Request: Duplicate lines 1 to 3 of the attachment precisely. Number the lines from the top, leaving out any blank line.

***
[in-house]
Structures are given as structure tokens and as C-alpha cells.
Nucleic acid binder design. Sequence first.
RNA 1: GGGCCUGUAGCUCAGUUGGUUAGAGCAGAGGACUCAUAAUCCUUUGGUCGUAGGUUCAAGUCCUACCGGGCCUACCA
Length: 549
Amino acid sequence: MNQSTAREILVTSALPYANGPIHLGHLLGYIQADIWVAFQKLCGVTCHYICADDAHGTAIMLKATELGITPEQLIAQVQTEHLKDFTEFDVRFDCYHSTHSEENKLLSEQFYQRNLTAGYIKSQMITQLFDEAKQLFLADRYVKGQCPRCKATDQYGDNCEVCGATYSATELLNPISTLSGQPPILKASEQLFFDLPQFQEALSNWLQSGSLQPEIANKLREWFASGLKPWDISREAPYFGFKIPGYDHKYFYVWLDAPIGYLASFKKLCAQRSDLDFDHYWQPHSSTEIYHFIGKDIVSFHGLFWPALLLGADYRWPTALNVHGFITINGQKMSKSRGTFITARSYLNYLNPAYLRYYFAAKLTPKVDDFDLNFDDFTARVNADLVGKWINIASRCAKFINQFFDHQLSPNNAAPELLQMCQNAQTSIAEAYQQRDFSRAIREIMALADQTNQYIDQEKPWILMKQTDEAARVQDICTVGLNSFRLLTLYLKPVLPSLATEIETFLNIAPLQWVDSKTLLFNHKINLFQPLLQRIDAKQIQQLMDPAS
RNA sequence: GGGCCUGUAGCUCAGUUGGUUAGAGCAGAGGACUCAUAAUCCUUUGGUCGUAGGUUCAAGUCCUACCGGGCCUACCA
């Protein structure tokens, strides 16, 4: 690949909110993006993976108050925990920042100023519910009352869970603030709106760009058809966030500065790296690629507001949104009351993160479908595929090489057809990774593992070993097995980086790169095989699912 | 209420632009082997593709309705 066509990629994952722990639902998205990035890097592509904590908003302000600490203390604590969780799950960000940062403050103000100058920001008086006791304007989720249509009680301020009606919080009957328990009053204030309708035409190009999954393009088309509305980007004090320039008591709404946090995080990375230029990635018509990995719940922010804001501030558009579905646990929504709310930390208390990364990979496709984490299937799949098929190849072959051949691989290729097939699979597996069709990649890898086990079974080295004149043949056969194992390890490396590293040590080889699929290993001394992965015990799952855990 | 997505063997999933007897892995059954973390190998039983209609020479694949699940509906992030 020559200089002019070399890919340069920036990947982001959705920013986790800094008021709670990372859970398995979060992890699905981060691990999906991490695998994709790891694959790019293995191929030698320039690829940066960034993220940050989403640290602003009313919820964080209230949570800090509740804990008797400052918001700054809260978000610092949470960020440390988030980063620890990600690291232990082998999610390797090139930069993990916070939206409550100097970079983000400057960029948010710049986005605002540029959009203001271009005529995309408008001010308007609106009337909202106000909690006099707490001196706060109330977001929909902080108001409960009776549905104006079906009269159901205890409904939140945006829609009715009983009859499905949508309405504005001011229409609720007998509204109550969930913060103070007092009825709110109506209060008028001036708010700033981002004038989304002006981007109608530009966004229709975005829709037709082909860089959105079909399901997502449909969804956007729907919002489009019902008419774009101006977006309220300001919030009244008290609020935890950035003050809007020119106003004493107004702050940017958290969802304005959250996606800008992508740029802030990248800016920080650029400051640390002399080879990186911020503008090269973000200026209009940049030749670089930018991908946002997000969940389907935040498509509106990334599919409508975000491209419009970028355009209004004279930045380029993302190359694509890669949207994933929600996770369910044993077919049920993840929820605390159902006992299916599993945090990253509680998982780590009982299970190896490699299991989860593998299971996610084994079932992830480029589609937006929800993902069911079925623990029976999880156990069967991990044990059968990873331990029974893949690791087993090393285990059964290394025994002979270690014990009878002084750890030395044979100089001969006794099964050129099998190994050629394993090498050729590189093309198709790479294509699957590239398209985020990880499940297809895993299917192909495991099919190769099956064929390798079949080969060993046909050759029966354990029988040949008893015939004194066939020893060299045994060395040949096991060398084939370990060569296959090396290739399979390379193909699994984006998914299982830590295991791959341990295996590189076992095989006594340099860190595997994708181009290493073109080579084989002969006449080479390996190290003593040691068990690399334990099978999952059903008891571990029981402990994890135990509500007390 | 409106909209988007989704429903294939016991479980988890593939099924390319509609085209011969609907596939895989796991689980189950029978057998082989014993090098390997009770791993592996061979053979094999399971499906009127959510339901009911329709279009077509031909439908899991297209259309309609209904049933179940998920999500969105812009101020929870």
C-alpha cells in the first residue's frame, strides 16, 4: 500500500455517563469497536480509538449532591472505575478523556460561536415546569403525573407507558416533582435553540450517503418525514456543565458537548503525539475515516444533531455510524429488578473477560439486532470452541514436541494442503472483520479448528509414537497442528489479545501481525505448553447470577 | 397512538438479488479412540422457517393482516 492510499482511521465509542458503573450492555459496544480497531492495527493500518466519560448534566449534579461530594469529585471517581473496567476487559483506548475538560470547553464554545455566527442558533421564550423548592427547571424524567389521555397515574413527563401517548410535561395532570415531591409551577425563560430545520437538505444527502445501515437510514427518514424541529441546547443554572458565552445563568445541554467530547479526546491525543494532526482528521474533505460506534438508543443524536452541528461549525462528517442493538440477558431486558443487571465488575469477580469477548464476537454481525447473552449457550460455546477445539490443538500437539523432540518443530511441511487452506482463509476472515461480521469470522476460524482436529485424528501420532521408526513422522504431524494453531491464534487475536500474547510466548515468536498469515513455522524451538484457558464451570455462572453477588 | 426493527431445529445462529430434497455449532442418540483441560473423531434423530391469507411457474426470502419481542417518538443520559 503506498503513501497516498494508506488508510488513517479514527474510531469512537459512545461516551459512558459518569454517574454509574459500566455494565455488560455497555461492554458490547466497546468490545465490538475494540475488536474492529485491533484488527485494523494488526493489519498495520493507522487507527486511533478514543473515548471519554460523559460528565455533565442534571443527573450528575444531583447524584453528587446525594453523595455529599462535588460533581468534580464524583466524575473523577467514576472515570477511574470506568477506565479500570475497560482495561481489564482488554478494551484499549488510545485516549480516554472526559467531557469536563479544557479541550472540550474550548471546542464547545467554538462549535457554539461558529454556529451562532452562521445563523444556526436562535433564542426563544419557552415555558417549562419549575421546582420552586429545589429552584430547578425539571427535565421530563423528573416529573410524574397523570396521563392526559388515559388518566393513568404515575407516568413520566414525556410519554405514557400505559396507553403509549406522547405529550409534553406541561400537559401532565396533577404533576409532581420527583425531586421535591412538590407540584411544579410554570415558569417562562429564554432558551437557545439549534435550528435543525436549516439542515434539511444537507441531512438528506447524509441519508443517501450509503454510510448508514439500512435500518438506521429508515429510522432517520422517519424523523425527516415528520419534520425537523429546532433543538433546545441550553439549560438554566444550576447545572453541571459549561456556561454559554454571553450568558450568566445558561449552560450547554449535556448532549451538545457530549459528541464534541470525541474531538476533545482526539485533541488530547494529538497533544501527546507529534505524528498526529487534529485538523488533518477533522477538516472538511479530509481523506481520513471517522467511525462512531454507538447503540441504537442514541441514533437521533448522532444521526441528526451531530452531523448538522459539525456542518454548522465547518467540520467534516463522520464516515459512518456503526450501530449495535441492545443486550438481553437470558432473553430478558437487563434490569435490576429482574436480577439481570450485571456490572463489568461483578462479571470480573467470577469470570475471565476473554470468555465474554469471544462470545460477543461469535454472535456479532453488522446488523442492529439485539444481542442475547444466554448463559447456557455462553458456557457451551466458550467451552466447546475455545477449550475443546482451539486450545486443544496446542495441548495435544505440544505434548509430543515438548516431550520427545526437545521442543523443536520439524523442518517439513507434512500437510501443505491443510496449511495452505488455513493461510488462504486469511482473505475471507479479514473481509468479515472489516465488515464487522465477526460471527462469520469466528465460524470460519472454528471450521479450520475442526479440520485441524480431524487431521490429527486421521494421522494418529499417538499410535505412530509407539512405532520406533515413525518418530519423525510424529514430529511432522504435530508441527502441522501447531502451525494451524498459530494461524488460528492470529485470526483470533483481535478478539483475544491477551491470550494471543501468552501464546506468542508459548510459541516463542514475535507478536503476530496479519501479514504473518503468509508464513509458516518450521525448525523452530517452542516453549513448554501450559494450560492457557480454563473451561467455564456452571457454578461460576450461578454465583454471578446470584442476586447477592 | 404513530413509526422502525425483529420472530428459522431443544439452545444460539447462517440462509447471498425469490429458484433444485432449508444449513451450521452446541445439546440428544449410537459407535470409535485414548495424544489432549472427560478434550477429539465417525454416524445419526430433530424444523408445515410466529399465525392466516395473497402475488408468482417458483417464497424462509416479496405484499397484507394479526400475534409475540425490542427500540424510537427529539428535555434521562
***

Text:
[in-house]
Structures are given as structure tokens and as C-alpha cells.
Nucleic acid binder design. Sequence first.